Hemingway intends to communicate to the reader in an honest manner, and regardless of the consequences, as can be seen from his works. He does not sugarcoat the details. His work is not intended to please anyone; rather it is intended to represent life as it is. He comes across a male chauvinist, because of the way he represents women as the cause of men’s failure and downfall. However, he also portrays some of the women as strong, loving, dedicated and loyal. Most of his works are inspired by the experiences he has had in life, whether it is during the war, in his marriage, his upbringing or his travels. Thus, although the work is fiction, it also has a sense of reality. He developed a distinct style of writing early on in his work. This style, which is commonly known as the iceberg theory, is intended to engage readers, by provoking them to read beyond the stated meaning. He does not describe all the events, but he chooses to omit the obvious details and avoid repetition. Although he uses short sentences and he writes in a simple way, he tells interesting stories.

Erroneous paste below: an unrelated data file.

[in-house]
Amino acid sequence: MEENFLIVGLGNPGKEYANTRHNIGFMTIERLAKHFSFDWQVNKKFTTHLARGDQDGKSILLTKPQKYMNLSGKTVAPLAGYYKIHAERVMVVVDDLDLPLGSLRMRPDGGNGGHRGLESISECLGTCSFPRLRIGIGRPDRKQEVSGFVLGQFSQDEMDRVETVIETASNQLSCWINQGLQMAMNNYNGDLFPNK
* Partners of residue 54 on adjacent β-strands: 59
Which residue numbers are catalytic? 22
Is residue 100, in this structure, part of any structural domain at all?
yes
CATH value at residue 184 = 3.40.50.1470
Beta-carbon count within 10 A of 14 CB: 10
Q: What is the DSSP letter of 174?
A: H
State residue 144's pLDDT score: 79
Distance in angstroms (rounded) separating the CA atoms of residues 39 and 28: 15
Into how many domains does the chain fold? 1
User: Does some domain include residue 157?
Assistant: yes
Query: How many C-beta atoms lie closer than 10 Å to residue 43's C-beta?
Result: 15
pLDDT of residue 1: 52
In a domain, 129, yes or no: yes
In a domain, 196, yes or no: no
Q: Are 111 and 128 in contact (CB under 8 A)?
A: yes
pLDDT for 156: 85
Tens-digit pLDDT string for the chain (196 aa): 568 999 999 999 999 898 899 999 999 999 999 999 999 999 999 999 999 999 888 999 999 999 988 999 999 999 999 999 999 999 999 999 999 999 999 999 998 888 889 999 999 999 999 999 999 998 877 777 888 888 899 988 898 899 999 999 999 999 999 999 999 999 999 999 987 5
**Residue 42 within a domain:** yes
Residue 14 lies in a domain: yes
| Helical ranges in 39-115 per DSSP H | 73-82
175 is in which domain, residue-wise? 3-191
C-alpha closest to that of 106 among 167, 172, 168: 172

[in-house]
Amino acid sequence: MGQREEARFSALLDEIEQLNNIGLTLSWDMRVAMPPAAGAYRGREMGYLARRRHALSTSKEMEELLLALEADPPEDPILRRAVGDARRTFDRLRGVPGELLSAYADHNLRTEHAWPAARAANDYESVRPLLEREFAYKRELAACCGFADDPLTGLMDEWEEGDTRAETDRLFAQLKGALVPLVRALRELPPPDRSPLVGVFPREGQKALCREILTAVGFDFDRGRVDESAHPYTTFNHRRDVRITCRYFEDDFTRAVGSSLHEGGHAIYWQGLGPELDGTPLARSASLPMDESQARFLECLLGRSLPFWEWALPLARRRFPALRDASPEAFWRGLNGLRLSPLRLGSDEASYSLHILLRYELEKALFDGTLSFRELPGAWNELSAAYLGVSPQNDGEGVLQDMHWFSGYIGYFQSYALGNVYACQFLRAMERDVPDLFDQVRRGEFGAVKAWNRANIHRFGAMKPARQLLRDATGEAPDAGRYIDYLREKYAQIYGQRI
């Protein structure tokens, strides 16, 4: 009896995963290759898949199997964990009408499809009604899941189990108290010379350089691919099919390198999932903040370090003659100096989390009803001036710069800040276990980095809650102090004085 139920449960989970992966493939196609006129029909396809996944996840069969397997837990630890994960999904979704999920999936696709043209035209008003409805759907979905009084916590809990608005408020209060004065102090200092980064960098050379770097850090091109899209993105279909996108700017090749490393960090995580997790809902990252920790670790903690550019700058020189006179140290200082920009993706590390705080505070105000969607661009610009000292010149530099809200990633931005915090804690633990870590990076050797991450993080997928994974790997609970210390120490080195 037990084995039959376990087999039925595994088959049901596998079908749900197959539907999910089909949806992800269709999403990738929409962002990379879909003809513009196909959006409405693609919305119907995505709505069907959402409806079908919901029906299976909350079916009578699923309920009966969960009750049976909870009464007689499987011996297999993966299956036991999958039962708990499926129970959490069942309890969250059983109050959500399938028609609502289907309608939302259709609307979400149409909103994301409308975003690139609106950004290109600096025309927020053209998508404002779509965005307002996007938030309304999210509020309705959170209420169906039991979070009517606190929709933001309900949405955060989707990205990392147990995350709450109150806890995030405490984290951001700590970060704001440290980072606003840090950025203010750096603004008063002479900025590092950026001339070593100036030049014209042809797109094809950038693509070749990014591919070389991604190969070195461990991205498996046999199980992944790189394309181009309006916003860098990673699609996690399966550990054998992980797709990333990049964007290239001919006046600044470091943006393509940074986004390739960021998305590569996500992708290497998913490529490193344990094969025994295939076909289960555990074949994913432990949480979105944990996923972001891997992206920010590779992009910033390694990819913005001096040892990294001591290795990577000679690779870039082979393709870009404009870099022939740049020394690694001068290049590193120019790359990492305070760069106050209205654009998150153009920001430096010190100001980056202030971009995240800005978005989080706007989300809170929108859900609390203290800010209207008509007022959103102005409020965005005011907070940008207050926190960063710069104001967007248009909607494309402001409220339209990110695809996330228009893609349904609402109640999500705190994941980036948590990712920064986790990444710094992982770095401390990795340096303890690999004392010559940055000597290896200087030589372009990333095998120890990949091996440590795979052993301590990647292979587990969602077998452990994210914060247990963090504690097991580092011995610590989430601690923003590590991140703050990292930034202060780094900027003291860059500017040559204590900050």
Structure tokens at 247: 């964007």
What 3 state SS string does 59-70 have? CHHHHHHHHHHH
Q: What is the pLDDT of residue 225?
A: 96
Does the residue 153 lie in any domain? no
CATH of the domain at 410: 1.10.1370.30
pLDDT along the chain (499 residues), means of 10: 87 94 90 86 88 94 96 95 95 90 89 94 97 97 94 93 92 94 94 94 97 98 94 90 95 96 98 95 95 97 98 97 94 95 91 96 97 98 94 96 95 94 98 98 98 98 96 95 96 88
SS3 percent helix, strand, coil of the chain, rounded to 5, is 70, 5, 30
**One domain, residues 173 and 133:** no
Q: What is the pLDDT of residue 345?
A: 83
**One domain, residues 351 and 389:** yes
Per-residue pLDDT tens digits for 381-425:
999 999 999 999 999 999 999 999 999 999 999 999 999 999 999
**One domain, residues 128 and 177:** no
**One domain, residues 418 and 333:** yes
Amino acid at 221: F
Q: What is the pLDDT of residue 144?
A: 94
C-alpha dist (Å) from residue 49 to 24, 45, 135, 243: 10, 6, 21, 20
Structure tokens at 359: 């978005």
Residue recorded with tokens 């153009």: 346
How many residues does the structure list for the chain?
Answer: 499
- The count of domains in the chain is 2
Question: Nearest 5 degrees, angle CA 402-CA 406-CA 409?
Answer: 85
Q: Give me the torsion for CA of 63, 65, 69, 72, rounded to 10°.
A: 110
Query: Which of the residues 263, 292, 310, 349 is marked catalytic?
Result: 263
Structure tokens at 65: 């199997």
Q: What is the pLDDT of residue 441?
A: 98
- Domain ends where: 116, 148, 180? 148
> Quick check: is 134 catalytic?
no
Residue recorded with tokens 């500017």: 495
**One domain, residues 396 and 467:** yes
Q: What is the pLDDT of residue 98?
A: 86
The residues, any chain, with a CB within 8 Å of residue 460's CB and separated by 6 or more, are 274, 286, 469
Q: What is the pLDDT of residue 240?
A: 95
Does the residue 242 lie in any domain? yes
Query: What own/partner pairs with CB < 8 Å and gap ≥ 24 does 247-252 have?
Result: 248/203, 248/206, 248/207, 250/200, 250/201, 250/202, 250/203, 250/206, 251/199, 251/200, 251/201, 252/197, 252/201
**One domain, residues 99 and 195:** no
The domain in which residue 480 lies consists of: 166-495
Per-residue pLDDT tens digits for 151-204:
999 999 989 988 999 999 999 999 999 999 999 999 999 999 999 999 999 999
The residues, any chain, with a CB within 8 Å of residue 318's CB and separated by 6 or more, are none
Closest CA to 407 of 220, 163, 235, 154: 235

"Hemingway at 100." An interview with American writers Richard Ford, Nicholas Delbanco and . Verdelle. Richard Ford remarks about Hemingway's spare style, "Hemingway often, because he was casual in talking about despair, because he was casual in letting his characters not say what they thought often, he didn't express for me enough. He was in many ways stingy with language and didn't express what I thought was literature's moral density and complexity accurately enough, or in a way, morally enough." Online NewsHour, PBS, 21 July 1999.